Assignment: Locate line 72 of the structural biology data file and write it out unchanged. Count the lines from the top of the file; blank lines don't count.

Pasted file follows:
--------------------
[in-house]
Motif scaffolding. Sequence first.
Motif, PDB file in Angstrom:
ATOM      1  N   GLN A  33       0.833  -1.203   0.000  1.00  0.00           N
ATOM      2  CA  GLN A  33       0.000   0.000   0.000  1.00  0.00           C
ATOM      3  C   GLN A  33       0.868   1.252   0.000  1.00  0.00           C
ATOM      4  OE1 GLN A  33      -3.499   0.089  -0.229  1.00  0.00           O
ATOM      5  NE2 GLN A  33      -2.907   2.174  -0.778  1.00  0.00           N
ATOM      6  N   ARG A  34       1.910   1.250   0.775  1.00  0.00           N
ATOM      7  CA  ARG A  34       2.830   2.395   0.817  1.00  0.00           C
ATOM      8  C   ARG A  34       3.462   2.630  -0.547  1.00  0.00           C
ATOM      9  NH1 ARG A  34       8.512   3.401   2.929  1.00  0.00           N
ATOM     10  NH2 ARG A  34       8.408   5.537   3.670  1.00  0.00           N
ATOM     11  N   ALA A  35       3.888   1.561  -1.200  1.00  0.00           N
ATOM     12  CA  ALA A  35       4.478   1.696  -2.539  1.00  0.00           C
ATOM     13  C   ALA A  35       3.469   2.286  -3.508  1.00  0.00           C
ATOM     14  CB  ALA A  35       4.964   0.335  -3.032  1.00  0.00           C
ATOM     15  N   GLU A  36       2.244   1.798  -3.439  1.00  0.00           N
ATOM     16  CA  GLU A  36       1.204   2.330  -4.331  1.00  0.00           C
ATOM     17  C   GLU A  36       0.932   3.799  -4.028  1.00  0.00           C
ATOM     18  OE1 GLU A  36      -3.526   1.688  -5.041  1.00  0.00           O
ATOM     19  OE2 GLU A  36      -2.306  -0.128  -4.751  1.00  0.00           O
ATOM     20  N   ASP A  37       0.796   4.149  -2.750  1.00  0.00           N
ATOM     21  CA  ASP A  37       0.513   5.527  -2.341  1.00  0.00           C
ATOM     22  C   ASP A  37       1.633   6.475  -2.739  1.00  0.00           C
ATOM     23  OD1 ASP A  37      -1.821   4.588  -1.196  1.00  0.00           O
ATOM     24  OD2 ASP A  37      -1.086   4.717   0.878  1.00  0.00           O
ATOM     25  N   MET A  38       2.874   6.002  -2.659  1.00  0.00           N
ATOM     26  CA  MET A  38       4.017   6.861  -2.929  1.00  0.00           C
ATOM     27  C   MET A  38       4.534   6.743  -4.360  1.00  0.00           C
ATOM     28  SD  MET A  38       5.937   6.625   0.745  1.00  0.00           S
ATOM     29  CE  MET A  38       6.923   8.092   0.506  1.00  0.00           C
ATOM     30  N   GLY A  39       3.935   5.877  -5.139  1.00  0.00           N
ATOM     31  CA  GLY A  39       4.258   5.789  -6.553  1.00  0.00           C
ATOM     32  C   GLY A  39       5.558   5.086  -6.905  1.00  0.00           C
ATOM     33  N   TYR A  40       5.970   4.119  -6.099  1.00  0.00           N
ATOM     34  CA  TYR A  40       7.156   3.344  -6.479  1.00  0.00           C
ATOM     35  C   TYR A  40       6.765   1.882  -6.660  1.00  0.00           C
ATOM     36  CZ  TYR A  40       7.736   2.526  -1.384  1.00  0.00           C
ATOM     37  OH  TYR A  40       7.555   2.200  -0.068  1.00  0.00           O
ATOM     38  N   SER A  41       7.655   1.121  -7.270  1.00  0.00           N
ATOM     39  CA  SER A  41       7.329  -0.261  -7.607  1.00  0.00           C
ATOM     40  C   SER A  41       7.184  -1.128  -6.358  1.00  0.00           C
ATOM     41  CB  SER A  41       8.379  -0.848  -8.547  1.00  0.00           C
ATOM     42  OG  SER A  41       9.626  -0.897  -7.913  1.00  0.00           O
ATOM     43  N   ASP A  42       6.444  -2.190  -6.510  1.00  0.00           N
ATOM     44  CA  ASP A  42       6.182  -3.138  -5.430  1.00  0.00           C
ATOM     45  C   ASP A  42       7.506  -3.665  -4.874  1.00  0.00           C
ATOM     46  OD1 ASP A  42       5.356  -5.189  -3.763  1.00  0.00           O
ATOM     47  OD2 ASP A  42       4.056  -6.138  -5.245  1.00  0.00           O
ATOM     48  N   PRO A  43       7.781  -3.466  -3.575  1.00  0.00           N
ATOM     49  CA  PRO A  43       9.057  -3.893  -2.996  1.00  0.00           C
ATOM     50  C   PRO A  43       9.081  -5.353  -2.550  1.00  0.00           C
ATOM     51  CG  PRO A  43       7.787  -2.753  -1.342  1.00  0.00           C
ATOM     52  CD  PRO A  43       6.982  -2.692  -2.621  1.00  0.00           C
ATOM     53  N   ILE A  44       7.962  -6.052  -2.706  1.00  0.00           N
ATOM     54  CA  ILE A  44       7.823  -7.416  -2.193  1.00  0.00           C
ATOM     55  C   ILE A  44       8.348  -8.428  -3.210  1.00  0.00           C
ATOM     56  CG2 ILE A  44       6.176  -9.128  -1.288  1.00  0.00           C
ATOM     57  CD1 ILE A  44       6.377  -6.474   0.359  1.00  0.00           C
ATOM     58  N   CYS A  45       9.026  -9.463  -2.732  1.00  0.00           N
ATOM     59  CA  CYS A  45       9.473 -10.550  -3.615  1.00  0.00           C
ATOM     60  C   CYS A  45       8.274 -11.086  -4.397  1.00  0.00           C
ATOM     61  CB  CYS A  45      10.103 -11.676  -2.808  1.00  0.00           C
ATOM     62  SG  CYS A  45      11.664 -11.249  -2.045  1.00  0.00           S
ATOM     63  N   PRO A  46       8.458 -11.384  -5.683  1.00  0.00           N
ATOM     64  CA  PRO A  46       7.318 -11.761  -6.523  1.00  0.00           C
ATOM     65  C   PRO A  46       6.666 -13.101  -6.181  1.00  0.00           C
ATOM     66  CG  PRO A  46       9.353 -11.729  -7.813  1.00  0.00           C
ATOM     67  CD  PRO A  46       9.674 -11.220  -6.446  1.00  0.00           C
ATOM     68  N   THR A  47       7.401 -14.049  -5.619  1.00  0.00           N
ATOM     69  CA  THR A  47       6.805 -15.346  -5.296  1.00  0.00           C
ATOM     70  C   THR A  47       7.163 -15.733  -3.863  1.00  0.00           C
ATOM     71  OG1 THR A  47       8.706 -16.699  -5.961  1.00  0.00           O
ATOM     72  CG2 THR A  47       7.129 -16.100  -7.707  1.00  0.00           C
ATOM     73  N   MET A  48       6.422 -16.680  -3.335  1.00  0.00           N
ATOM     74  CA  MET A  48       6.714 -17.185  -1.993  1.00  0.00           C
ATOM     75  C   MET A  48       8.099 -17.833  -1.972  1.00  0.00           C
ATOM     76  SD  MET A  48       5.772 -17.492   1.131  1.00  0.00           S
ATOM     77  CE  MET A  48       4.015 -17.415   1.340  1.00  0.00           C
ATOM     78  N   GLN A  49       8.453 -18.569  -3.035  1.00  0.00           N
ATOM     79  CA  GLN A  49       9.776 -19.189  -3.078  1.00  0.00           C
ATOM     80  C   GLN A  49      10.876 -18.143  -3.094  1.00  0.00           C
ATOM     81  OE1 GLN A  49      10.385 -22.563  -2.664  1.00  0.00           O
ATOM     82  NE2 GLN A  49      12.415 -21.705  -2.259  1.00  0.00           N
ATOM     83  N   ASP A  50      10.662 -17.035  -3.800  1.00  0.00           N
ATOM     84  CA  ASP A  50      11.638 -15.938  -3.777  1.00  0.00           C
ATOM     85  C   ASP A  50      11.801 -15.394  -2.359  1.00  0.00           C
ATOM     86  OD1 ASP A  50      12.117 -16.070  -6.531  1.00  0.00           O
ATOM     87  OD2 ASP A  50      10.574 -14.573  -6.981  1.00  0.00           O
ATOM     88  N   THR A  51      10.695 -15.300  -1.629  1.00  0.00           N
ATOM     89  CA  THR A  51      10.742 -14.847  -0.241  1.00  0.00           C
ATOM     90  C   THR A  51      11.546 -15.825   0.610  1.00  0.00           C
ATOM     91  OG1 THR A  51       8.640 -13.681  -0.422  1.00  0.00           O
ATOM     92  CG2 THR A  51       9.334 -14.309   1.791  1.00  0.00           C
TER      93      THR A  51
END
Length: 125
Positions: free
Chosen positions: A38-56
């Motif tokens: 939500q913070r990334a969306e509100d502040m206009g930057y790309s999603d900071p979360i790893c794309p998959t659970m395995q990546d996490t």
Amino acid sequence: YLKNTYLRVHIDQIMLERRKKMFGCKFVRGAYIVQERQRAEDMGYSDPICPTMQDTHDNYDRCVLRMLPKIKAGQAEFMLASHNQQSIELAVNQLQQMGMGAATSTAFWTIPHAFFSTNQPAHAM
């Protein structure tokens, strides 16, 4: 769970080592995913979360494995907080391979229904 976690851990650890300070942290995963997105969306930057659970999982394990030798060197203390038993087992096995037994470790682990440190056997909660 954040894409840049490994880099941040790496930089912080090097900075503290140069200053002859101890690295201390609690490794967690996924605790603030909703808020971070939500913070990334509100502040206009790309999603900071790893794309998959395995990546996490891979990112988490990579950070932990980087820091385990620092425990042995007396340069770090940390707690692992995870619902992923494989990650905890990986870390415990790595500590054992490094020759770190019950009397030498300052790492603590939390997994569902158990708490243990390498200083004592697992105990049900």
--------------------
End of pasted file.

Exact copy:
ATOM     69  CA  THR A  47       6.805 -15.346  -5.296  1.00  0.00           C